45 Danielle Richard
"I would like to testify of the beauty of the world and try to contribute to embellish it. I want future viewers to be moved as I have been moved. I translate into images the singular moments which I witnessed during my passage... and hopefully that may help others with their life journey."
''Her works serve as a reminder that great strength has its beginnings in tranquility and that the most lasting dialogues we will have are those within ourselves.'' - Brian Schieder, art critic
Danielle Richard is an award-winning realist painter from Quebec, Canada. She works in oils, acrylics, and pastels. She is known for her clean, clear, peaceful portraits of women and water. Danielle is a signature member of the Inst. of Figurative Arts, the Portrait Society of America, the Drawing Society of Canada, the Pastel Society of Eastern Canada (PSEC), and the Quebec Int. Academy of Fine Arts (ABAQ)). She has been featured in Acrylic Artist Mag., American Art Collector, Artist's Mag., Int. Artist Mag., Pastel Journal, and many books and catalogs. And, she has won numerous awards, including first prize from the Society of Canadian Artists, grand prizes from both the PSEC and ABAQ, best pastel from Plein Air Magazine, and a gold medal from FASO's Bold Brush competition.
Danielle graduated from the Cegep de Ste-Foy, and Laval University in Quebec with a BFA. She says of school (Sherwin, 2013):
"As an art student, I was swimming against the tide. I was more interested in notions of beauty than ''concepts'', provocation, and innovation at any price. I humbly choose to express a more poetic and optimistic view of a potential world...The art school (University) didn't bring me what I was searching for in technical and traditional art instruction. I therefore decided to alternate my school semesters with traveling to Europe and the United States. I visited museums in order to learn from masters. The observation of the work of Sargent, Zorn, Larsson, Klimt, Carrière, to name a few, was the best form of instruction that I could find."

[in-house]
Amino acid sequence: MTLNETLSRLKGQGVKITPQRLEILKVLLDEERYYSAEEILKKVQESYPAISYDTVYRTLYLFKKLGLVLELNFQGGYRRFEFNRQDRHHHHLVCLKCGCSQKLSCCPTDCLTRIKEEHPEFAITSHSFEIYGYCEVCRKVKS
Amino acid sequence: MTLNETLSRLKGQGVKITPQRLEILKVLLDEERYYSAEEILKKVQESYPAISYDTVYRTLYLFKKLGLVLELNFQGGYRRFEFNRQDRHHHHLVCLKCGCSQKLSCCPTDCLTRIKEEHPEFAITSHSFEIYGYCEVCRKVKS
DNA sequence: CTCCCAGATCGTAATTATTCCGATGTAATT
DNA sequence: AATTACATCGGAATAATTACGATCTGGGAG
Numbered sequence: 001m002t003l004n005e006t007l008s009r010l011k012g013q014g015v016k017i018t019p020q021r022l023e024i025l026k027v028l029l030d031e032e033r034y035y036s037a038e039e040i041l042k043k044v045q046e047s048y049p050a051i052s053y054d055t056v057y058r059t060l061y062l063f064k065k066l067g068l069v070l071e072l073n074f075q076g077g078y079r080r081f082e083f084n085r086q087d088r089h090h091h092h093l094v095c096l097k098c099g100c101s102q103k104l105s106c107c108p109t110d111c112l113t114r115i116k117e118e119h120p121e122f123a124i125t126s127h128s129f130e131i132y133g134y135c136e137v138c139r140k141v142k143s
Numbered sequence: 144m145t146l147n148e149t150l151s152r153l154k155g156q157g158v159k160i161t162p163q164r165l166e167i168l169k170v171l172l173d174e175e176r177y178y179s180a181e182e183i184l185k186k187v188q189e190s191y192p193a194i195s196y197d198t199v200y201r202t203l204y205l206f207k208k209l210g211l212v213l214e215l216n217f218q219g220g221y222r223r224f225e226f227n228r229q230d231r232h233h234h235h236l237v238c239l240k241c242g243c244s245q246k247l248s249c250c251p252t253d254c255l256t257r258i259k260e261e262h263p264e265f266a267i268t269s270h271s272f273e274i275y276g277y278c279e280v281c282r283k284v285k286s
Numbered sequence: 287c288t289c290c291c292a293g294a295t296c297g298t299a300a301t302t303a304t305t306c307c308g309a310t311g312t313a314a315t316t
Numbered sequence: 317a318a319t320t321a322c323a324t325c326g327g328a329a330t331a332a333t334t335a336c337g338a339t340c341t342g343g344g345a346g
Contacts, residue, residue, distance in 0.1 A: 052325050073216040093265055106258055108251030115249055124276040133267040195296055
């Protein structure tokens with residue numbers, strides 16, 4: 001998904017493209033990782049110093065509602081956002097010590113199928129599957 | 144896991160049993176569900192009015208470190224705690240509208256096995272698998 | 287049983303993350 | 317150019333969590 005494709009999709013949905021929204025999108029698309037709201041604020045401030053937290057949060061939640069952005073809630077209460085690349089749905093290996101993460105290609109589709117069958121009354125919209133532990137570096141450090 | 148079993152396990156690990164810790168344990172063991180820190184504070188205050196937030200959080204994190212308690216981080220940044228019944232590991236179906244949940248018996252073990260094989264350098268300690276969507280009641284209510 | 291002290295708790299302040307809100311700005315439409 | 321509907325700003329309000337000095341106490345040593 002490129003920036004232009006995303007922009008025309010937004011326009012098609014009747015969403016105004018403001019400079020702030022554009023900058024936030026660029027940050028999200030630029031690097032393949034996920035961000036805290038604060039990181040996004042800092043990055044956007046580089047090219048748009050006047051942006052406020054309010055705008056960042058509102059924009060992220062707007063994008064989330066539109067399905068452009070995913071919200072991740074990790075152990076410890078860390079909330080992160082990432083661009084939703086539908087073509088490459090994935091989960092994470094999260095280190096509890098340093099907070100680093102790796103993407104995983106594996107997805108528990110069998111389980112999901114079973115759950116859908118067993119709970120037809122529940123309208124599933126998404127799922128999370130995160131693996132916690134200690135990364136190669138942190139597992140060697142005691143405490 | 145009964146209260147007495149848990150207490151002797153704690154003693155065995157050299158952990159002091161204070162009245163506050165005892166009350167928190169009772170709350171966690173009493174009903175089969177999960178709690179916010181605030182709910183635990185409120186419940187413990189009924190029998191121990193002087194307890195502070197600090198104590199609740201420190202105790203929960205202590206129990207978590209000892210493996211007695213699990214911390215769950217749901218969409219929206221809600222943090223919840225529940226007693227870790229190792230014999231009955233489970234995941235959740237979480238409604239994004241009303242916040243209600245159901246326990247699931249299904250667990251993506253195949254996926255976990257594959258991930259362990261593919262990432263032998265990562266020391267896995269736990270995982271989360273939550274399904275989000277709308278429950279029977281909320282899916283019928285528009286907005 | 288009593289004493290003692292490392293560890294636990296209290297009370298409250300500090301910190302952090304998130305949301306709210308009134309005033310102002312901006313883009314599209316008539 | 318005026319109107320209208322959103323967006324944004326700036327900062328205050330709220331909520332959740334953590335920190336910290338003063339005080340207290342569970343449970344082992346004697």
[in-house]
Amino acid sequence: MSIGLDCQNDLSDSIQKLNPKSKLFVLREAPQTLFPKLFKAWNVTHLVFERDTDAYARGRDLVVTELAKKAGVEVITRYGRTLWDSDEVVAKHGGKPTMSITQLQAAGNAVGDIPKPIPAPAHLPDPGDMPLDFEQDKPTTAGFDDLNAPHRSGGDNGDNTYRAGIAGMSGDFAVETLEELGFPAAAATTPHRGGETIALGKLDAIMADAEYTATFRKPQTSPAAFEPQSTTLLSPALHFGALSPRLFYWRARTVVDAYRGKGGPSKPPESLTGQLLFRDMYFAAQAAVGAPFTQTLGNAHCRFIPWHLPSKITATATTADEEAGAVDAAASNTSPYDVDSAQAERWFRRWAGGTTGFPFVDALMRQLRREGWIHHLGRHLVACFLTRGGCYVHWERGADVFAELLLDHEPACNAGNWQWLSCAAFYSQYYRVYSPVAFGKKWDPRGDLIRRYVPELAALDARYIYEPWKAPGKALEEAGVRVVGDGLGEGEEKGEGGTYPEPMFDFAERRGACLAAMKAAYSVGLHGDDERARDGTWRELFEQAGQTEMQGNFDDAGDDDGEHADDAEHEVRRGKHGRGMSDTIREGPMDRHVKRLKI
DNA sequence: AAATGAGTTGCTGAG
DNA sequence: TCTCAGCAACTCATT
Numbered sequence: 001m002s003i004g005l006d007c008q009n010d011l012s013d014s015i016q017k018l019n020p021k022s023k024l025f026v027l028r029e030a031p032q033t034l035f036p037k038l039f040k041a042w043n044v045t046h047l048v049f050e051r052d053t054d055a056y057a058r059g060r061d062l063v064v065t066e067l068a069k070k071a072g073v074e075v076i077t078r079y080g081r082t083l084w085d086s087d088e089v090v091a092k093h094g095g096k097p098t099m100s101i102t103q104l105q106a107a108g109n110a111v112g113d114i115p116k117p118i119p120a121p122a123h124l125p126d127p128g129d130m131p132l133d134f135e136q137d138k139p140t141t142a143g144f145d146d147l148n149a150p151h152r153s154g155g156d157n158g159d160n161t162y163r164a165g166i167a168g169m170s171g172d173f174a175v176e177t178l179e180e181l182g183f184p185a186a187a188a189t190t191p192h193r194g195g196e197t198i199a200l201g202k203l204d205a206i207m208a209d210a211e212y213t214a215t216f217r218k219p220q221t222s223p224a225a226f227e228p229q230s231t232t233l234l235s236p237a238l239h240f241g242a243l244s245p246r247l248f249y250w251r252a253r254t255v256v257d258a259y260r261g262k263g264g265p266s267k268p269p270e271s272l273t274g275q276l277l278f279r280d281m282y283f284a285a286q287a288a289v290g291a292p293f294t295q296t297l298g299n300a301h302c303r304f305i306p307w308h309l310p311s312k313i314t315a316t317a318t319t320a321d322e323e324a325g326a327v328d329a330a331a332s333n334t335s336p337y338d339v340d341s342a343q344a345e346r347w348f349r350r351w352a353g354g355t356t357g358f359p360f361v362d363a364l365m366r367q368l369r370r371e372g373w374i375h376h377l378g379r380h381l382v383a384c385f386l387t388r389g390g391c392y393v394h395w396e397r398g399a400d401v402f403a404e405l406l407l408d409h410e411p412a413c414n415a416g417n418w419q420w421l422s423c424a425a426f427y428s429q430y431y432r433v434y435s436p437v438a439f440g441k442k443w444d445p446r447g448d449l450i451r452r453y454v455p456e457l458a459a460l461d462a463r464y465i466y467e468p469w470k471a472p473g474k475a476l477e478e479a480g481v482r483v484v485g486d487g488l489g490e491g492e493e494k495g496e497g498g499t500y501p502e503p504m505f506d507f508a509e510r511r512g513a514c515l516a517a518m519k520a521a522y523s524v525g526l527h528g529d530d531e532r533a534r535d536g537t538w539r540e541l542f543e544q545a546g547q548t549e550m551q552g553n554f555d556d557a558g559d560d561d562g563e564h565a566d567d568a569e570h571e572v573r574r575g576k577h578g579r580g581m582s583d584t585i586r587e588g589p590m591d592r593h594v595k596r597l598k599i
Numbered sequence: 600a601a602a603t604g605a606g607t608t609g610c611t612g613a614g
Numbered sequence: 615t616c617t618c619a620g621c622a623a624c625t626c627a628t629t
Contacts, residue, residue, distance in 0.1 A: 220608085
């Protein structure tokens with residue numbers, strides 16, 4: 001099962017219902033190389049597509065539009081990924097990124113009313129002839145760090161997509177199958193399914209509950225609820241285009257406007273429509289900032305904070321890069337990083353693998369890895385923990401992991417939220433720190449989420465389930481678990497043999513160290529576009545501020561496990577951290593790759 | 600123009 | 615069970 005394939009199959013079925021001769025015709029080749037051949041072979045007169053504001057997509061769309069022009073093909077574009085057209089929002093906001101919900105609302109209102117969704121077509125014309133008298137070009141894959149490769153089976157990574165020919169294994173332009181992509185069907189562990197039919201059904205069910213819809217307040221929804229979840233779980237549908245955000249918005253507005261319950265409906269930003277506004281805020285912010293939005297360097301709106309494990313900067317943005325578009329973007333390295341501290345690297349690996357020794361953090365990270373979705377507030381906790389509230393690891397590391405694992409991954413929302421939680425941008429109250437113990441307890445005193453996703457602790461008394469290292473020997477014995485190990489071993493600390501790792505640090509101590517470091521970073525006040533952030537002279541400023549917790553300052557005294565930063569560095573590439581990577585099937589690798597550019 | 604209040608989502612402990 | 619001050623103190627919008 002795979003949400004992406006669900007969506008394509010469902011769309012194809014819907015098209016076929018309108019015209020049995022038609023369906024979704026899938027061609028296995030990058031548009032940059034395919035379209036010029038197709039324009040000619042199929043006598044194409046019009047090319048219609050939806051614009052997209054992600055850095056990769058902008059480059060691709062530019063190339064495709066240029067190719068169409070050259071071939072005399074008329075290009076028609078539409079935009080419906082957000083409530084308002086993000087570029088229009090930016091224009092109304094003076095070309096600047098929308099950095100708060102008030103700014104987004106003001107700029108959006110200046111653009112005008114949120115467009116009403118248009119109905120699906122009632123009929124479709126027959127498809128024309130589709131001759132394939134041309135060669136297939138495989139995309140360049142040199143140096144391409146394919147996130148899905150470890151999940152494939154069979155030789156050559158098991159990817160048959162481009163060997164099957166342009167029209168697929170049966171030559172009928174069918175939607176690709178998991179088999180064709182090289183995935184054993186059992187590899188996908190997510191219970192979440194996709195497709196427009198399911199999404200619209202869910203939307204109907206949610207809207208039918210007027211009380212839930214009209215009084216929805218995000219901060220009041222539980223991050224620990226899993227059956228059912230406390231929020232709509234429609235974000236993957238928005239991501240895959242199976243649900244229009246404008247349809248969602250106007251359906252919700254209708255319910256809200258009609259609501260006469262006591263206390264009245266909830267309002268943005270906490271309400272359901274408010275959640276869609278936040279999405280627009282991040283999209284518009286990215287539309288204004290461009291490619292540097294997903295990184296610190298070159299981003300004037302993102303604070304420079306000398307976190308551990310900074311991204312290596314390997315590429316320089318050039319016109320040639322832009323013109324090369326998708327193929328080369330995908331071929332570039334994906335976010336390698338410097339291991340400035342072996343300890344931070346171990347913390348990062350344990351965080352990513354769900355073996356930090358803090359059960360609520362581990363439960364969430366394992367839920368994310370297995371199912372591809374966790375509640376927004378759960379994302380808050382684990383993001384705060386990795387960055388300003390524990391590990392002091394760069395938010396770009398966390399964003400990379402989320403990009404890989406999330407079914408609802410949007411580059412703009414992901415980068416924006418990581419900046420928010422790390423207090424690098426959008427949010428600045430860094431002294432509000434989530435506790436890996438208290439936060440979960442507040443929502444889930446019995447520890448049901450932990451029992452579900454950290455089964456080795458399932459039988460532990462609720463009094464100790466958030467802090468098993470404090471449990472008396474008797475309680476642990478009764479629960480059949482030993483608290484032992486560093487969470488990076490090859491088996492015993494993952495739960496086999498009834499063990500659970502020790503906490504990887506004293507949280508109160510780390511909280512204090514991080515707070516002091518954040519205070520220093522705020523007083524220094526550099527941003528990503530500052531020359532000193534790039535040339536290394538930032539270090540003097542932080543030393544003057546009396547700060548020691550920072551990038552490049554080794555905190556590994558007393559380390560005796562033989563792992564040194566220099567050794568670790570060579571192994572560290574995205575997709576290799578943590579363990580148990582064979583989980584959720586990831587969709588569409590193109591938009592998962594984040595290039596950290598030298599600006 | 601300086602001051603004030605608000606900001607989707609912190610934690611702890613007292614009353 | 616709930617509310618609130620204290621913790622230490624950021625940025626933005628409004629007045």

After earning her BFA, she supplemented her education with courses in Oxford, the atelier Donna Miro in Montreal, and other courses and workshops.
'Ici a jamais (Here Forever)'
Danielle talks about her work on her website (translated from French):
"My work bears witness to a quest for beauty, which is, in a way, a common thread. Mt art echoes those moments of silence and peace, inspired by life far from the tumult. I often paint the "eternal feminine", whom I know especially from within, who proves to be the best figure for the emotions that I favor. . . . My approach is part of a so-called "realistic" movement, whose language aims to be optimistic, poetic and timeless."
'Barque en derive (Boat Adrift)'
"I am related to the world of women, children and water. I paint women because I know them from the inside and I realized that they can be the perfect ''support'' for the feelings and emotions that I want to communicate with my art. Also, as a mother of five, I felt that I had more to express about femininity. We are strong and vulnerable at the same time. These are the two poles, if you will, that I like to visit when I talk about the feminine world.